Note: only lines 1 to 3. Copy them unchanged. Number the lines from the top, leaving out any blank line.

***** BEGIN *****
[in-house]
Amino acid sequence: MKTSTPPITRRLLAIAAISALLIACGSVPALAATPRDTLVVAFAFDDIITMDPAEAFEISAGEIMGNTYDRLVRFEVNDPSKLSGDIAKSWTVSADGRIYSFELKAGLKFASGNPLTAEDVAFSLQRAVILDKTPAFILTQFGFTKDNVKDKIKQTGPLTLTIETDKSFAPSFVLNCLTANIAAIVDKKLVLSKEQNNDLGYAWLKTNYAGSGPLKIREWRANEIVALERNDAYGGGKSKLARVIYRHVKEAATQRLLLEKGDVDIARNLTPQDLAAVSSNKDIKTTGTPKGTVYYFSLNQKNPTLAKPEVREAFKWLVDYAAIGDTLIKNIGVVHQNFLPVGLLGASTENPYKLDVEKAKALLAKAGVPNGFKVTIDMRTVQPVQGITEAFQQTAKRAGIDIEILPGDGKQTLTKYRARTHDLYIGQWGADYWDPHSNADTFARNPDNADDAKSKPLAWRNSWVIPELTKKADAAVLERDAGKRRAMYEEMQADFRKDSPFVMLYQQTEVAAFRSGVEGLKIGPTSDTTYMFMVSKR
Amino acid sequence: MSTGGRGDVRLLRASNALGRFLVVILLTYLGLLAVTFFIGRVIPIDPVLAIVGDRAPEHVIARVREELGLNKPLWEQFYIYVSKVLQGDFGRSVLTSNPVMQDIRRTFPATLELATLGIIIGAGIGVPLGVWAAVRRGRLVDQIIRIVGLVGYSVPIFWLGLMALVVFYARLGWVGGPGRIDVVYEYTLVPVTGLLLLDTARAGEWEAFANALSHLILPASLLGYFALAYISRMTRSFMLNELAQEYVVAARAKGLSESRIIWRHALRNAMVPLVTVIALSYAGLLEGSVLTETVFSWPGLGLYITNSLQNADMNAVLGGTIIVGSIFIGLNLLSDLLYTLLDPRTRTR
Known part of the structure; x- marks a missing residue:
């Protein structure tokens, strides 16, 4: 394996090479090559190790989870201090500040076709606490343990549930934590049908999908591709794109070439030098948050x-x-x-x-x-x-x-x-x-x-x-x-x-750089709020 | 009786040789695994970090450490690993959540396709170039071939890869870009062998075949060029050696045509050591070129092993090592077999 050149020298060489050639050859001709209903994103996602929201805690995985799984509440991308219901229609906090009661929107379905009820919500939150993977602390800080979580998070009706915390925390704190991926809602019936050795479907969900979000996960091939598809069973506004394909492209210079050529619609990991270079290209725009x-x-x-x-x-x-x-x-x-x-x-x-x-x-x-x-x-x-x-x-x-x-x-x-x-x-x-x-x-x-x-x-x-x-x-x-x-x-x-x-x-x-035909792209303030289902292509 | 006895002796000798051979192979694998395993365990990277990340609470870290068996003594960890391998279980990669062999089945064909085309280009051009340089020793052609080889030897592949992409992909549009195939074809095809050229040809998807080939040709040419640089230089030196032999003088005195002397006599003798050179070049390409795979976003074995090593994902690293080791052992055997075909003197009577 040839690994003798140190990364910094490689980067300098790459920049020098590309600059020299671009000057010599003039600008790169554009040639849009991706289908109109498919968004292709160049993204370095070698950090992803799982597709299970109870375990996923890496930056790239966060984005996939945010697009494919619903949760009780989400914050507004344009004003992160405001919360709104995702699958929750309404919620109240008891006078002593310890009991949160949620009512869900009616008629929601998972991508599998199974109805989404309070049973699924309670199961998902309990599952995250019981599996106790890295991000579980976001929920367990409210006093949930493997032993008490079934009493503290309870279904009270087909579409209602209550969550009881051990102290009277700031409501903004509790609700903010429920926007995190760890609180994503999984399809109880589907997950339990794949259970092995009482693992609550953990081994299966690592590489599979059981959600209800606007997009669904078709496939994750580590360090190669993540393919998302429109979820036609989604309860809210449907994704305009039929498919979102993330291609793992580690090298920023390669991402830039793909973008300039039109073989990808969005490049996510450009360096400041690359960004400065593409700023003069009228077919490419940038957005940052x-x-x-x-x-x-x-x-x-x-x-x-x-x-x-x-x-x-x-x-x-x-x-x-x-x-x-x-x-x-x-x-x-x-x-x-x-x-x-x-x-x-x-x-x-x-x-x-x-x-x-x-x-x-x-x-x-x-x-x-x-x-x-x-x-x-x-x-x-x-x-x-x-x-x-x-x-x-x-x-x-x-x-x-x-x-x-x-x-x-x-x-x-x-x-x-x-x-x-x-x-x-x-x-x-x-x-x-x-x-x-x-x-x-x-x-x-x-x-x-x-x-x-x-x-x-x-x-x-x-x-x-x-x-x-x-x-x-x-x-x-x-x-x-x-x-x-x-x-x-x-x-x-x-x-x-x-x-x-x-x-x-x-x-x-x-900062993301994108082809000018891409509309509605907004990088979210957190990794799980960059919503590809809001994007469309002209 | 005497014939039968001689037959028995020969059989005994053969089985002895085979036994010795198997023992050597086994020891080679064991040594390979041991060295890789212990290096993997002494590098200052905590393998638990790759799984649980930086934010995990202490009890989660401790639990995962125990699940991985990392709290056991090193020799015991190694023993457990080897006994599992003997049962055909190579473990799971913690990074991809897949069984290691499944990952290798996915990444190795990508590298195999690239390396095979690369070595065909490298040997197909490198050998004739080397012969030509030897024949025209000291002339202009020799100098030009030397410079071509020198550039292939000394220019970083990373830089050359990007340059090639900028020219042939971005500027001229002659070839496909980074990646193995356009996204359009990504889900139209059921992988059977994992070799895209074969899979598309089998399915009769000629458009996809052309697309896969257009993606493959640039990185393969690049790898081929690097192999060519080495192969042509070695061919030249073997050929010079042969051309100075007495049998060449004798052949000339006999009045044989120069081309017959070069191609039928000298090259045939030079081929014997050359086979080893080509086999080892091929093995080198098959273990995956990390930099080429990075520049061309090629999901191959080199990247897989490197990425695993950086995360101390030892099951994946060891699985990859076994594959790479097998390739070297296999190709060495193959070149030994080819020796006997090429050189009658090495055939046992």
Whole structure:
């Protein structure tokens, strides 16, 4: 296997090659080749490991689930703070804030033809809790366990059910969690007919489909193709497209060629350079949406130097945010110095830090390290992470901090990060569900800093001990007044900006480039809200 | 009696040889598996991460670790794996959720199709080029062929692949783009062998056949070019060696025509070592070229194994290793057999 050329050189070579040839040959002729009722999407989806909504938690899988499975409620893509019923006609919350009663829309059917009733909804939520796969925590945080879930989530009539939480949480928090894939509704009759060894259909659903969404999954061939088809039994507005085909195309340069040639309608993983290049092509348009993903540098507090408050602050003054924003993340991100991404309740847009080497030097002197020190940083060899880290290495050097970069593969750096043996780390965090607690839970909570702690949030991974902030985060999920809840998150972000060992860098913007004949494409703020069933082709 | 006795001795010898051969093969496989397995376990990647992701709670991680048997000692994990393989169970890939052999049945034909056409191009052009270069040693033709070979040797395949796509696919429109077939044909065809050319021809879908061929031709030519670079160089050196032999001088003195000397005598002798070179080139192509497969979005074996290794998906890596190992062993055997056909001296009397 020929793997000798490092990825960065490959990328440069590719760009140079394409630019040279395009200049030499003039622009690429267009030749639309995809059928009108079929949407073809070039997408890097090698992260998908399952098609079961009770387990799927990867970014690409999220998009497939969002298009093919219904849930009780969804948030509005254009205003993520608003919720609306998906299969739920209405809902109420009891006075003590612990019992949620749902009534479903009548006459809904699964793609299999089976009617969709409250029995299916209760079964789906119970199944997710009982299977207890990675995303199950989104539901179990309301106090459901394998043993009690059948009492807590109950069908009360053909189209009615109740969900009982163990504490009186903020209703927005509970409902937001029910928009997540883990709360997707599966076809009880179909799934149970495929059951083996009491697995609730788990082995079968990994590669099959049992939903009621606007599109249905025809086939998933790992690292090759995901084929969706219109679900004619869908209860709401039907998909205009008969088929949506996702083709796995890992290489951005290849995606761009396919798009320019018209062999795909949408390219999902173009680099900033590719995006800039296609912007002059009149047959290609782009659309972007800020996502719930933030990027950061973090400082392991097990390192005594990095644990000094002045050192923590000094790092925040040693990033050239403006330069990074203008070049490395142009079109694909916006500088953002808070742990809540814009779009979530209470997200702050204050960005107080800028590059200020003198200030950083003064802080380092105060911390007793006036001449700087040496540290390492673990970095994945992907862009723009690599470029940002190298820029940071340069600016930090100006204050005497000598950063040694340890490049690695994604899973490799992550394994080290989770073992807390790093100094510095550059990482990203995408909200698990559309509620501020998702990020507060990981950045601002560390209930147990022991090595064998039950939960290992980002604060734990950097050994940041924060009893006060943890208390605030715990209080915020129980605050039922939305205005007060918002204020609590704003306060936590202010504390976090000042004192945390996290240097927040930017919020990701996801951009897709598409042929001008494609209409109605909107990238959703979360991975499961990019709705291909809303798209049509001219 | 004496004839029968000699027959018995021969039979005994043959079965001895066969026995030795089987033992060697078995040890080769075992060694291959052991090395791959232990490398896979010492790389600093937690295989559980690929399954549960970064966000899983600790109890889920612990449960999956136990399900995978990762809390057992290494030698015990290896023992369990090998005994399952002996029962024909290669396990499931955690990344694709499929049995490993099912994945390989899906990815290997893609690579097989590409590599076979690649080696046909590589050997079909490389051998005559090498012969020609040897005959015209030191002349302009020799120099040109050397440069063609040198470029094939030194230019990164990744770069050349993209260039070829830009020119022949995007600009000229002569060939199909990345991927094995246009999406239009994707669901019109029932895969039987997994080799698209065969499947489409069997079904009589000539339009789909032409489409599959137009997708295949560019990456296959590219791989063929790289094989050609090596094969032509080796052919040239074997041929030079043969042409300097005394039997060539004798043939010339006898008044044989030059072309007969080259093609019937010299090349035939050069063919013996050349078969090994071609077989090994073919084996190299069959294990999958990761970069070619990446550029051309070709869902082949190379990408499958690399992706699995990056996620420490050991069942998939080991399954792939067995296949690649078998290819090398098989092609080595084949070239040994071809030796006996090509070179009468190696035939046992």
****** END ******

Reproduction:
[in-house]
Amino acid sequence: MKTSTPPITRRLLAIAAISALLIACGSVPALAATPRDTLVVAFAFDDIITMDPAEAFEISAGEIMGNTYDRLVRFEVNDPSKLSGDIAKSWTVSADGRIYSFELKAGLKFASGNPLTAEDVAFSLQRAVILDKTPAFILTQFGFTKDNVKDKIKQTGPLTLTIETDKSFAPSFVLNCLTANIAAIVDKKLVLSKEQNNDLGYAWLKTNYAGSGPLKIREWRANEIVALERNDAYGGGKSKLARVIYRHVKEAATQRLLLEKGDVDIARNLTPQDLAAVSSNKDIKTTGTPKGTVYYFSLNQKNPTLAKPEVREAFKWLVDYAAIGDTLIKNIGVVHQNFLPVGLLGASTENPYKLDVEKAKALLAKAGVPNGFKVTIDMRTVQPVQGITEAFQQTAKRAGIDIEILPGDGKQTLTKYRARTHDLYIGQWGADYWDPHSNADTFARNPDNADDAKSKPLAWRNSWVIPELTKKADAAVLERDAGKRRAMYEEMQADFRKDSPFVMLYQQTEVAAFRSGVEGLKIGPTSDTTYMFMVSKR
Amino acid sequence: MSTGGRGDVRLLRASNALGRFLVVILLTYLGLLAVTFFIGRVIPIDPVLAIVGDRAPEHVIARVREELGLNKPLWEQFYIYVSKVLQGDFGRSVLTSNPVMQDIRRTFPATLELATLGIIIGAGIGVPLGVWAAVRRGRLVDQIIRIVGLVGYSVPIFWLGLMALVVFYARLGWVGGPGRIDVVYEYTLVPVTGLLLLDTARAGEWEAFANALSHLILPASLLGYFALAYISRMTRSFMLNELAQEYVVAARAKGLSESRIIWRHALRNAMVPLVTVIALSYAGLLEGSVLTETVFSWPGLGLYITNSLQNADMNAVLGGTIIVGSIFIGLNLLSDLLYTLLDPRTRTR